A round robin was initiated in February of 2000 to compare different methods of determining the effective thermal resistance of vacuum insulation panels. The outcome of this round robin was designed to provide support for the ASTM material specification and the development of a future ASTM test method. Four issues were identified and addressed: (1) calorimetric vs. center-of-panel/barrier conductivity approaches, (2) comparison of available finite difference/element models, (3) appropriate boundary conditions for all measurements/models, and (4) comparison of center-of-panel measurements to provide a preliminary precision estimate. Six conventional vacuum panels were constructed. All six shared the same dimensional configuration, the same core material, the same getter insert, and the same manufacturing techniques and equipment. Two different barrier materials (three panels from each) were used because barrier thermal conductivity is recognized as a key factor in the determination of effective thermal resistance for vacuum panels, and because the different methods used in this round robin comparison should be sensitive to the barrier thermal properties. The getters were included in these panels to help them remain stable throughout the duration of the round robin.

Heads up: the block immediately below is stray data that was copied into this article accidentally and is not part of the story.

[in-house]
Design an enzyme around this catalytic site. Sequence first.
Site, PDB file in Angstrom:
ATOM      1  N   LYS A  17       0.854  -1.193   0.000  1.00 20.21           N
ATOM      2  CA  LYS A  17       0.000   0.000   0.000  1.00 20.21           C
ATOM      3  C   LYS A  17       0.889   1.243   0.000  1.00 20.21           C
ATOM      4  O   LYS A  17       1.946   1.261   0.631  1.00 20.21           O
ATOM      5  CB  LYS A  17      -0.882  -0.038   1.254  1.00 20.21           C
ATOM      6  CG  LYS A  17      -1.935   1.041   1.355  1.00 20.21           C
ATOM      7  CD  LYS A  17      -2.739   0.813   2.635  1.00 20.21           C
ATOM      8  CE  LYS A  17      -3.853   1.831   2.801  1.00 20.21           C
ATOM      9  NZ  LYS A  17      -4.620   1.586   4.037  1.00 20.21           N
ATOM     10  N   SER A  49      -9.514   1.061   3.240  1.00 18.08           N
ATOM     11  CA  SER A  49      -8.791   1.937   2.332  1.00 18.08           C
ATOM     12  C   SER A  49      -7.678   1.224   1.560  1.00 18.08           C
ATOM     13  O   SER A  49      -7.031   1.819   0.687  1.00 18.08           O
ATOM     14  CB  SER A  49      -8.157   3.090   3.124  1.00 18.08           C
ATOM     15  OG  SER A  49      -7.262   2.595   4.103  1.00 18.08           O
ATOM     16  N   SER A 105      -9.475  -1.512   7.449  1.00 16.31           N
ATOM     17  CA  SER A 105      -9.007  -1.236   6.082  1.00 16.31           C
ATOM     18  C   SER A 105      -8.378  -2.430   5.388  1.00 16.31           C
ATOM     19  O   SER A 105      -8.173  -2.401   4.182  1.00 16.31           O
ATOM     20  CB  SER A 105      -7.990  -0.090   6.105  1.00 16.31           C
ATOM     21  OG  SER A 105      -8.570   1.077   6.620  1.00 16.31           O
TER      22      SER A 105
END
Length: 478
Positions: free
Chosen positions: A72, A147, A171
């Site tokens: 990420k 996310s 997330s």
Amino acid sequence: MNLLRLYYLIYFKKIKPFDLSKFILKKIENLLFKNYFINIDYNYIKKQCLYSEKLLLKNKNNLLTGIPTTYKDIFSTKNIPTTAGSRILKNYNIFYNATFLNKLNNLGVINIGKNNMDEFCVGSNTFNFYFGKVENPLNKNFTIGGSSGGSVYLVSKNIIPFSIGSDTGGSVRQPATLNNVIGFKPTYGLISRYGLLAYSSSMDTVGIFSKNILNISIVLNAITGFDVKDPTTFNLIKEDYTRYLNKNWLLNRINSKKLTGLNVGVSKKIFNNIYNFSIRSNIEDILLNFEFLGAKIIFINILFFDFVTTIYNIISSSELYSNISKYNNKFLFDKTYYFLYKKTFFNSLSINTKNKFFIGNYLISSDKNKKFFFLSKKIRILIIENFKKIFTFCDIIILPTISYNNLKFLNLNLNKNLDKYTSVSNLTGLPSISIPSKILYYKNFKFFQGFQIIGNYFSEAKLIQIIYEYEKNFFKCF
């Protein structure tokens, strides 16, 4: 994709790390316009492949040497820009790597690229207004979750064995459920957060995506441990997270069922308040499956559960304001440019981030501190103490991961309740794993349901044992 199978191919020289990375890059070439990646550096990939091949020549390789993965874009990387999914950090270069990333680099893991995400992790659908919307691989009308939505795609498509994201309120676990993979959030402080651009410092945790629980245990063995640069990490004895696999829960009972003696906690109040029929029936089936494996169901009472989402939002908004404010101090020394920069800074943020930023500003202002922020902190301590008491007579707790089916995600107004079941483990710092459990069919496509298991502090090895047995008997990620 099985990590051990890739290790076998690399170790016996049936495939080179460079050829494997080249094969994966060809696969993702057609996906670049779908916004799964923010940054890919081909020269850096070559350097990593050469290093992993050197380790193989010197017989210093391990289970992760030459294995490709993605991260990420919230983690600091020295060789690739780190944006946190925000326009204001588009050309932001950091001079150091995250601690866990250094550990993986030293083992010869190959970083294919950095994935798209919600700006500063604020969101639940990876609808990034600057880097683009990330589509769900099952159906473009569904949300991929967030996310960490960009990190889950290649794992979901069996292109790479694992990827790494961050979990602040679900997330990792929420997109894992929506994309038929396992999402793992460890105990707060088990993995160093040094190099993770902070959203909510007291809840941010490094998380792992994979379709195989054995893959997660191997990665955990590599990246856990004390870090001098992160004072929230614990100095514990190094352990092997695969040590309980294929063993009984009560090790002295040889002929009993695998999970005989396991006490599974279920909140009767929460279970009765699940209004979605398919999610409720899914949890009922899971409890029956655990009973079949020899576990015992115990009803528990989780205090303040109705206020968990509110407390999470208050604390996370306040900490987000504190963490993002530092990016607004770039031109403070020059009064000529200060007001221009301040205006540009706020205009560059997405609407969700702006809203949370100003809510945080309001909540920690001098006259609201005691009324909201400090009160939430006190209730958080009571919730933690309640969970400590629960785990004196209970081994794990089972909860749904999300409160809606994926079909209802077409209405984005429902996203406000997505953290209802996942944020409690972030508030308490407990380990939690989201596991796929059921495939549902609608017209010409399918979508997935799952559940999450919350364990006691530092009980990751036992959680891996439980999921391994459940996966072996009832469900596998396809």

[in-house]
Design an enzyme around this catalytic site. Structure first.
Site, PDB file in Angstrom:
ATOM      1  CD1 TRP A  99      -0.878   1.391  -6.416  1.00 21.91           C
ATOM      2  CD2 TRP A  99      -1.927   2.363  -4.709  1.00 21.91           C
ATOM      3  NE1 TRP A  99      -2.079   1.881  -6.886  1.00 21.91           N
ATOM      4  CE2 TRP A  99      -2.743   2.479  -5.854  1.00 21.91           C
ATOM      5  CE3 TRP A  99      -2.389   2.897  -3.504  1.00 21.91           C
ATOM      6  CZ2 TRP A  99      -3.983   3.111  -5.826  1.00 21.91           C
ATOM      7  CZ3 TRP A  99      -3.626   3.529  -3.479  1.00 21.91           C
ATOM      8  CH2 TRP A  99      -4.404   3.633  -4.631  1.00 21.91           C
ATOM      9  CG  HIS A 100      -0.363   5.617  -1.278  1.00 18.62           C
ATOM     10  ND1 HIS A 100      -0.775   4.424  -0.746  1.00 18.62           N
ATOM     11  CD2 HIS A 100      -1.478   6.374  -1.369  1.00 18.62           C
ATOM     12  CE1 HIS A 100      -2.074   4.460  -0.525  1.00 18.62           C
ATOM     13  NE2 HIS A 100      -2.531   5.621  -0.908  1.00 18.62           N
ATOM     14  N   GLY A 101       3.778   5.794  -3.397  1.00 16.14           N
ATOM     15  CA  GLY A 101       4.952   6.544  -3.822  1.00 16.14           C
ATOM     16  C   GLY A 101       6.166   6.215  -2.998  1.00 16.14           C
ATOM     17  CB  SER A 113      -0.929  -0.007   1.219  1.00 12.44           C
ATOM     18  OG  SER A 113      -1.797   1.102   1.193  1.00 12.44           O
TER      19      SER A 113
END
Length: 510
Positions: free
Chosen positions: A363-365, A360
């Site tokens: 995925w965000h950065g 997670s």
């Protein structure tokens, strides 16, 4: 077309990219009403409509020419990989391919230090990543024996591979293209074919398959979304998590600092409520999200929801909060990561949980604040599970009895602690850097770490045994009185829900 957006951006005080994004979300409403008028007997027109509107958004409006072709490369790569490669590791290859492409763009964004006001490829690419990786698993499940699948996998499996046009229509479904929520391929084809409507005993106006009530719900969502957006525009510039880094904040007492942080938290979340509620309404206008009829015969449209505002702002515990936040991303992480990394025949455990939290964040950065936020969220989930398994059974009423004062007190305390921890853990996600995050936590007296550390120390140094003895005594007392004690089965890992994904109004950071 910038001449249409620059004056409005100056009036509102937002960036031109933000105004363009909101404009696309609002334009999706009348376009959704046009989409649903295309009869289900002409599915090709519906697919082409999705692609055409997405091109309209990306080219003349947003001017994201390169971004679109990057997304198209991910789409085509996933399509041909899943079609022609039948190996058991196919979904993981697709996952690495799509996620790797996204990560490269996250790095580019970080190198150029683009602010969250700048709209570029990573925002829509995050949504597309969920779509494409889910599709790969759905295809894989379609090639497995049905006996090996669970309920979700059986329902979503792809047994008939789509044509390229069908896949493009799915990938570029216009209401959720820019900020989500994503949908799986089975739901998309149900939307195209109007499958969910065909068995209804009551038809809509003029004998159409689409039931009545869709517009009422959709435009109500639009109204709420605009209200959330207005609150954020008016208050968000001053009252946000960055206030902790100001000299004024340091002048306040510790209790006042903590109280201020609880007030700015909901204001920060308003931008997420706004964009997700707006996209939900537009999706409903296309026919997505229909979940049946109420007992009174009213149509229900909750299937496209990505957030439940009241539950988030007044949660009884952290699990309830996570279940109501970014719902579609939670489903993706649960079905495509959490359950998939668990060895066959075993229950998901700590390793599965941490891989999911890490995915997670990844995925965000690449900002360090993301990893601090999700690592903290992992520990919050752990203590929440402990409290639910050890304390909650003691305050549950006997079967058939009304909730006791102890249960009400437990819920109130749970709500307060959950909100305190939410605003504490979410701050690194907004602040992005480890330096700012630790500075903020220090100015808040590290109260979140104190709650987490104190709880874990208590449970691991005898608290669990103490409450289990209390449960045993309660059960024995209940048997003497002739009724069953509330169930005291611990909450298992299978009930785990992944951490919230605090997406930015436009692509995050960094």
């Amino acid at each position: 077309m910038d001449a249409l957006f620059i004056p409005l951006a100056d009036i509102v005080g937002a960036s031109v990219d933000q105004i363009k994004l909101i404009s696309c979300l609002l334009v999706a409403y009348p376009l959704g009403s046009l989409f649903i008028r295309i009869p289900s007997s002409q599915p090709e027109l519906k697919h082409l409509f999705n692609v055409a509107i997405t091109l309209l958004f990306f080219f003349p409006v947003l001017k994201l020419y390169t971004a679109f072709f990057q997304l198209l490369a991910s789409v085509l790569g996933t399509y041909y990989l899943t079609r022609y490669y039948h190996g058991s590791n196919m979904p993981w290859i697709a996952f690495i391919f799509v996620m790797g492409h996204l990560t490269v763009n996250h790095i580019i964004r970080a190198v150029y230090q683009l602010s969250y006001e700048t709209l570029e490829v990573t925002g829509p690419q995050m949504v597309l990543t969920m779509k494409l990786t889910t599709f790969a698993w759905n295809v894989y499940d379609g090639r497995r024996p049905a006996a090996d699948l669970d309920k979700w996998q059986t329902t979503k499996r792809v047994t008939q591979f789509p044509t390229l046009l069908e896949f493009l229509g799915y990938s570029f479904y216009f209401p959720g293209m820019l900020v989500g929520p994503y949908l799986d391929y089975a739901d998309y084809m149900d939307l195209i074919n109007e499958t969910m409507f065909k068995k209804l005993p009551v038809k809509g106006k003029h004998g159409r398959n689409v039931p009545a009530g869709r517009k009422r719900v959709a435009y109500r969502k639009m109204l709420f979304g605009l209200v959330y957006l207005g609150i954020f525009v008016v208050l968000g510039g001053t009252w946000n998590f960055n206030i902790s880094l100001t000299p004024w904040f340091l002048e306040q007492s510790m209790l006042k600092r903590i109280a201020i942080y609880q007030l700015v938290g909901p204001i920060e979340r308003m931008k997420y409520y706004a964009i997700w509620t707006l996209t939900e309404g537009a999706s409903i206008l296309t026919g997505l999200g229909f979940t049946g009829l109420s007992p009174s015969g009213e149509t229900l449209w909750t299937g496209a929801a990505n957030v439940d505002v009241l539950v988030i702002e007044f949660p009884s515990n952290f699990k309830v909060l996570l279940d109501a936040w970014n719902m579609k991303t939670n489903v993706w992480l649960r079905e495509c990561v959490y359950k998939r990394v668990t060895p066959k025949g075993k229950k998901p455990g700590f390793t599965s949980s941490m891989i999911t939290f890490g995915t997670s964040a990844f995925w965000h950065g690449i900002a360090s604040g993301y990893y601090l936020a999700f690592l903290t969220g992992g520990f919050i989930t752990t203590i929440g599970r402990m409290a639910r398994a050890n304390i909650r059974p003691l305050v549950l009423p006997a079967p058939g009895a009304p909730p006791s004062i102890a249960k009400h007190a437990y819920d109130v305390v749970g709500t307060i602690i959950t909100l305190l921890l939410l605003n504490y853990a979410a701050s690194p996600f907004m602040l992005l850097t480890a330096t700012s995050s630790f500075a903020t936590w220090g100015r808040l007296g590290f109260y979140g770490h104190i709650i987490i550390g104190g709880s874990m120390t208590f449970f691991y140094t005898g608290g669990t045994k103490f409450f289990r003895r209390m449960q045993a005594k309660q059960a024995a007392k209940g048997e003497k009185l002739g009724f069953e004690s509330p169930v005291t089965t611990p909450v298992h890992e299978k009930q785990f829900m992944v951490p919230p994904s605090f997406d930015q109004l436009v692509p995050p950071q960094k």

Each of the nine participating laboratories measured the center-of-panel thermal resistivity of each of the six panels as described in the ASTM standard C1484-00 and reported those results along with pertinent information about their transducer(s) size and location. Several laboratories also calculated the whole-panel effective thermal resistance, using specified sets of boundary conditions.